299 Mass. 398

January 6, 1938 - February 2, 1938

Court Below: Probate Court, Essex County


Probate Court, Jury issues. Undue Influence. Attorney at Law.

No error appeared in the denial of a motion for the framing of a jury issue, whether an alleged will of an elderly woman was procured to be made through undue influence of her daughter, who had lived with her and was the principal beneficiary, and of her daughter's husband, who acted as her attorney during the last few years of her life and, within a month of her death, drew the alleged will and superintended its execution, but did so only at her urgent request after he had suggested that it be drawn by another attorney.

PETITION, filed in the Probate Court for the county of Essex on January 29, 1937, for probate of the will of Julia Feeney, late of Lynn.

A motion, as amended, for the framing for a jury of an issue, whether the alleged will was procured by fraud and undue influence of Lillian J. Frawley and Arthur J. Frawley, or either of them, was heard and denied by O'Brien, J. Lillian M. Snell appealed.

R. P. Baldwin, for the respondent Snell.

R. L. Sisk, for the petitioner.

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COX, J. This is an appeal from an order of a judge of probate denying a motion for the framing of an issue for a trial by jury concerning an instrument, dated December 31, 1936, offered for probate as the last will and testament of Julia Feeney of Lynn. The proposed issue relates to undue influence on the part of the decedent's daughter, Lillian J. Frawley, and Arthur J. Frawley, her husband. The case was heard on statements, which are reported, made by counsel of the respective parties as to the evidence which they expected to offer if there should be a jury trial.

The rule governing the framing of issues has been restated recently and needs no repetition. Woodwell v. Sloman, ante, 17.

The decedent died on January 21, 1937, at the age of seventy-three. The instrument offered for probate is dated December 31, 1936, and the value of the decedent's property is estimated at from $40,000 to $60,000. The decedent, who had been a widow for about thirty years, left a son, a daughter, and a granddaughter. The son had been away from home for a long time, and, without going into the narrated details of his life and relations with his mother, it well could have been found that he did not have many claims to his mother's bounty. The daughter, Lillian J. Frawley, who is the residuary legatee named in the instrument, has always lived with her mother. In 1926 she married Arthur J. Frawley, an attorney. They have two children, and with the decedent have constituted one family since the marriage, Frawley paying the household bills except those for heat and telephone. The other daughter, Helen, the mother of the granddaughter, had some difficulties with her husband in 1919. They separated, and she and her daughter, Lillian Snell, who is the contestant, came to live with the decedent. Helen died in 1920 and the granddaughter was then taken from the decedent by her father. In 1922 the decedent made a will, by the terms of which she gave $1 each to her son and granddaughter, and all the rest and residue of her estate to her daughter Lillian. In 1930 the decedent was about to undergo a very serious surgical operation, and while upon the operating table in the hospital she destroyed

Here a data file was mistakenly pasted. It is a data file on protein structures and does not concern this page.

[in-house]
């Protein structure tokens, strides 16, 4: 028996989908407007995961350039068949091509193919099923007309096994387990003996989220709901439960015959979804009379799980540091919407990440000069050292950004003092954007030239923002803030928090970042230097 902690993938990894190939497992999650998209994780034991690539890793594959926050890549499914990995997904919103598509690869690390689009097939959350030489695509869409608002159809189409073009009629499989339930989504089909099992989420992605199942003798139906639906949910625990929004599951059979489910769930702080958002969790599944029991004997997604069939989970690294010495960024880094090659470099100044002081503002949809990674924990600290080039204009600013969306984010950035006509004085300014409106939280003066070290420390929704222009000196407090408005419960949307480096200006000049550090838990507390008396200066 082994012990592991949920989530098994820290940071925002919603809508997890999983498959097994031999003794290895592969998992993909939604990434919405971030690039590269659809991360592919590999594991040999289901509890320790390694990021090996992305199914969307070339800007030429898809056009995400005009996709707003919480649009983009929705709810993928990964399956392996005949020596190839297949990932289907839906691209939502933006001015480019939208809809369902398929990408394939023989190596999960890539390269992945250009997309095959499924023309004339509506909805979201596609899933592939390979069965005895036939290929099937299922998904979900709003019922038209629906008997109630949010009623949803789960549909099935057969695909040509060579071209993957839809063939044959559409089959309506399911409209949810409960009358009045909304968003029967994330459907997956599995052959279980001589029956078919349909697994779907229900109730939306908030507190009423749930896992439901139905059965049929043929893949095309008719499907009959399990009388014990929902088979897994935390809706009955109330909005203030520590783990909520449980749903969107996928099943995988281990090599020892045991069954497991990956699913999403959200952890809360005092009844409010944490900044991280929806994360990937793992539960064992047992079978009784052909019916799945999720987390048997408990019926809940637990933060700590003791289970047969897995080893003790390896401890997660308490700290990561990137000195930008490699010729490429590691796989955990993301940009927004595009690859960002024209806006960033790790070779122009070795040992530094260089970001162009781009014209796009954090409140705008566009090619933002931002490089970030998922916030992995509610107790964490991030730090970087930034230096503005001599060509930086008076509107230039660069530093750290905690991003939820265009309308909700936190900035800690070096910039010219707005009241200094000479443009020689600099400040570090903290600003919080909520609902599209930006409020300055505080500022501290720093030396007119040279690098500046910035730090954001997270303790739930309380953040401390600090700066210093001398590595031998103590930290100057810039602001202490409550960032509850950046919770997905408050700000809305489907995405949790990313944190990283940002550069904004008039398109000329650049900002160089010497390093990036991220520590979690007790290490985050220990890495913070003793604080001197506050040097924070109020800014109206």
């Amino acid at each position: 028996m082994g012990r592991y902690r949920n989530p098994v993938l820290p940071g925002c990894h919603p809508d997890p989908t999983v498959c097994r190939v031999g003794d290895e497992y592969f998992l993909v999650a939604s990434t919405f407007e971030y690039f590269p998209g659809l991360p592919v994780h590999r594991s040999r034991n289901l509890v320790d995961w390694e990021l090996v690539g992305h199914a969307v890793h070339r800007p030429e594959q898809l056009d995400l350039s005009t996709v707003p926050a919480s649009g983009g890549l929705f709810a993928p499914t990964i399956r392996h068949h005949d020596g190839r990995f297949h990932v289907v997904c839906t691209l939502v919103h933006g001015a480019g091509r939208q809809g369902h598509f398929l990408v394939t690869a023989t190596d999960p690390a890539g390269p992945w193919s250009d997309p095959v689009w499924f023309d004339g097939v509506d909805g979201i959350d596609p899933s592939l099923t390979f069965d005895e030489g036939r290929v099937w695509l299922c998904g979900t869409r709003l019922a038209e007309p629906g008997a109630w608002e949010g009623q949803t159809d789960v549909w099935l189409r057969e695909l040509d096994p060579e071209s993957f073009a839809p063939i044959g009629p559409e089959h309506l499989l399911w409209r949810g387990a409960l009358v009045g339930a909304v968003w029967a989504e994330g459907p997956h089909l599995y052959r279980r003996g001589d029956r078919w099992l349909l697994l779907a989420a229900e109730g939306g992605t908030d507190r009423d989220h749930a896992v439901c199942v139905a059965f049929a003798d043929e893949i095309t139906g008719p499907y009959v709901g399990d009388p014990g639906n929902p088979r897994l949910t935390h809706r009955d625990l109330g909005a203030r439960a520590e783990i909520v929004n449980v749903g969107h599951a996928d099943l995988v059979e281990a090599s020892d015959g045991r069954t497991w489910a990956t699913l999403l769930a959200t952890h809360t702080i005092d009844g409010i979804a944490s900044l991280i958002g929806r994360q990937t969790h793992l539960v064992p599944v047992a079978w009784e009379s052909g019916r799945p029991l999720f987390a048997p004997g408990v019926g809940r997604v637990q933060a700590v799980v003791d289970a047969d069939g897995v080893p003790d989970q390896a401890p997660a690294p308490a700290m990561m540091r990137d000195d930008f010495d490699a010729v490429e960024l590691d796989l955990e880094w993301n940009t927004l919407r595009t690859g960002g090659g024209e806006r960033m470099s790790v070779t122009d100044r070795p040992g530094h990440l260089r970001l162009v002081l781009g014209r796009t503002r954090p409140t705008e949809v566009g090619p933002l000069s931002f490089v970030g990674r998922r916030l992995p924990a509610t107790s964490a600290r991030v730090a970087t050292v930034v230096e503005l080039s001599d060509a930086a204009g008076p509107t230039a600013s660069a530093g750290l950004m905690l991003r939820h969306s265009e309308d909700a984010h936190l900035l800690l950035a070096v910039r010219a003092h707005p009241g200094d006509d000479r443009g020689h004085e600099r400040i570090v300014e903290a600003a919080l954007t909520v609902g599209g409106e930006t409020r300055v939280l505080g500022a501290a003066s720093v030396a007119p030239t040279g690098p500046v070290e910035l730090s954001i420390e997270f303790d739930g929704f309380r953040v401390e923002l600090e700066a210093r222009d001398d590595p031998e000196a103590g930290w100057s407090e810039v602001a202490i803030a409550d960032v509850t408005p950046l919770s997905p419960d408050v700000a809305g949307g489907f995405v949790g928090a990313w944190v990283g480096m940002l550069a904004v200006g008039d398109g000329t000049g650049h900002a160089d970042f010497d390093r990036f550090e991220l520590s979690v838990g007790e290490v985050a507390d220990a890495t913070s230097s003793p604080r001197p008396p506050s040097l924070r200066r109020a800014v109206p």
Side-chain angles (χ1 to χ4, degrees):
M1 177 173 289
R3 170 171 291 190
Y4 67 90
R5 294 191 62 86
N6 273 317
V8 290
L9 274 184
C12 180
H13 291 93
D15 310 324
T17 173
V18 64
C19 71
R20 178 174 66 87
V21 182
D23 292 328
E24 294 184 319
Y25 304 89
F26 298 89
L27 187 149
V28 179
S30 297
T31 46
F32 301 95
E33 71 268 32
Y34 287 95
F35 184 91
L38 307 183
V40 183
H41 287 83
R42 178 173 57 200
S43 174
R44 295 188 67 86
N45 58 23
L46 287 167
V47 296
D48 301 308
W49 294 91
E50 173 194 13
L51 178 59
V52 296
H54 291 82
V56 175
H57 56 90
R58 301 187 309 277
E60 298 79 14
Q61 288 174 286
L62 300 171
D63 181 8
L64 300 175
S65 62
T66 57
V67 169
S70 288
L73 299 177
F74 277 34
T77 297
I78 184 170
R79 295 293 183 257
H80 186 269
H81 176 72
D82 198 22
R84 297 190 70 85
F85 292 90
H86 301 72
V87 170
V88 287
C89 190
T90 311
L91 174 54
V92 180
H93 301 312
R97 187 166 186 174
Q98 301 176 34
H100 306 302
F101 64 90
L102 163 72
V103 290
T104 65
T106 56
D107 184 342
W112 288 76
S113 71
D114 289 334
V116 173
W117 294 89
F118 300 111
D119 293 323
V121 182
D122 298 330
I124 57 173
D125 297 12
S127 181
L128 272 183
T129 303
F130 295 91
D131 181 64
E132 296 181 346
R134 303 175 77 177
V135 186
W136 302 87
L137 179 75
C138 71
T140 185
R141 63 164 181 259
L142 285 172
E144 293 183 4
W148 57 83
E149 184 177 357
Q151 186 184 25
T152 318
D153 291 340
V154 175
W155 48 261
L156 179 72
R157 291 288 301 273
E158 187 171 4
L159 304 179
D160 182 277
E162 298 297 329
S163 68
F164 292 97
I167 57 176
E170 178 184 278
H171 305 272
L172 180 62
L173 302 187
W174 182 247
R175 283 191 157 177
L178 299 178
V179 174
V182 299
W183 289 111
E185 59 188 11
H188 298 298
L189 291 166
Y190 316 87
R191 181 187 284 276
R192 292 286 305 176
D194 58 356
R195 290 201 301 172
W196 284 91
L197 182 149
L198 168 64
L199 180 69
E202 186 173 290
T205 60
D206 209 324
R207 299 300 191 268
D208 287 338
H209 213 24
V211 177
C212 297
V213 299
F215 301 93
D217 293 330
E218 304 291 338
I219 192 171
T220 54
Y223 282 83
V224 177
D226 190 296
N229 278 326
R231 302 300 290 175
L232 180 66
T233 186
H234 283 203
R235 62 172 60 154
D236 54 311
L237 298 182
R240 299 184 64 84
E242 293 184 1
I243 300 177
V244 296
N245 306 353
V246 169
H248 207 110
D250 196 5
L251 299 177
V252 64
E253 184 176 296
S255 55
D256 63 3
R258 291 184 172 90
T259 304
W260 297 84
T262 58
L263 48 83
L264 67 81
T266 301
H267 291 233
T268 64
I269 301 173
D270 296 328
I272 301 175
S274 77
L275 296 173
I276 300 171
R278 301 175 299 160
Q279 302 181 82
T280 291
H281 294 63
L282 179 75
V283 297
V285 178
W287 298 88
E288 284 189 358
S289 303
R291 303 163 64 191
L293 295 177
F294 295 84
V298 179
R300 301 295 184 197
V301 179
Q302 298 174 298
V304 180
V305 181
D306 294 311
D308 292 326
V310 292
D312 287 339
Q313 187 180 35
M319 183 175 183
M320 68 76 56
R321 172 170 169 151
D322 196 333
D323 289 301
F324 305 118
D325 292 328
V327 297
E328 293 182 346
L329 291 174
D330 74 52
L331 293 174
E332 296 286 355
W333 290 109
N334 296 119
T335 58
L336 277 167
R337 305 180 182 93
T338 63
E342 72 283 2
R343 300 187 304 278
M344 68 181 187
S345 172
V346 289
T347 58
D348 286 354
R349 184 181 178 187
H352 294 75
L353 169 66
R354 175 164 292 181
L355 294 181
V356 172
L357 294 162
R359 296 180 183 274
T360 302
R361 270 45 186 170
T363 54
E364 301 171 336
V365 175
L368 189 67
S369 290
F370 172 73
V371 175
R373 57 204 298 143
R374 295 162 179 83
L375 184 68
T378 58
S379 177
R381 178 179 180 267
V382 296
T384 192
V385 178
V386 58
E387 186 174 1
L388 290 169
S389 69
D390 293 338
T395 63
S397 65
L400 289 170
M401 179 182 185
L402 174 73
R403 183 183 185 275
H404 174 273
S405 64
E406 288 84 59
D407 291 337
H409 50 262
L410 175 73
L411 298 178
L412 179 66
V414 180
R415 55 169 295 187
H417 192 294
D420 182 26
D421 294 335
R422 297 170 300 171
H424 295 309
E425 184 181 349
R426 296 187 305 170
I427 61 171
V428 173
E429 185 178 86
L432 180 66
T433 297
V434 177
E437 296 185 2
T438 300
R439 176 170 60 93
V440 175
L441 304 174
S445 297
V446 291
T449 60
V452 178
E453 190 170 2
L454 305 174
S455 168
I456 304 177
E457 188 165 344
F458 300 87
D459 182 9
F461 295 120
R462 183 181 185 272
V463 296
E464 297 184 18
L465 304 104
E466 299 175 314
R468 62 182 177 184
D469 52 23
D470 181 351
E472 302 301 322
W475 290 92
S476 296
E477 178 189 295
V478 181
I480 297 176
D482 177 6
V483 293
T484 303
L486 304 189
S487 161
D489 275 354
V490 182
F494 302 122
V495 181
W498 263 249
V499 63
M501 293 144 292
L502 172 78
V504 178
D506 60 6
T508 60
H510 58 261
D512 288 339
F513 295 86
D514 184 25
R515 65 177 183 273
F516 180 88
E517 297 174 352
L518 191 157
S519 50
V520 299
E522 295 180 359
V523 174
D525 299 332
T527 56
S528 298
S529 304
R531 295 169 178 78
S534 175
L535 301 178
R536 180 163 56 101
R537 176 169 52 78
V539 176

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the 1922 will. The decedent was a woman of business acumen, and whatever property she left was acquired by her own industry and effort.

The record contains conflicting statements as to the attitude of the decedent toward the granddaughter. There is very little, if anything, even by way of suggestion, that the relationship between the decedent and her daughter Lillian was anything but most happy and harmonious. The instrument offered for probate was drawn by Arthur J. Frawley, the decedent's son-in-law, and aside from the statements alleged to have been made by the decedent as to her intentions with respect to her relations and what provision she was to make for them by will, the principal contention of the contestant is that the relationship between the decedent and Frawley was of such a character that an issue should be framed on the undue influence of his wife and himself.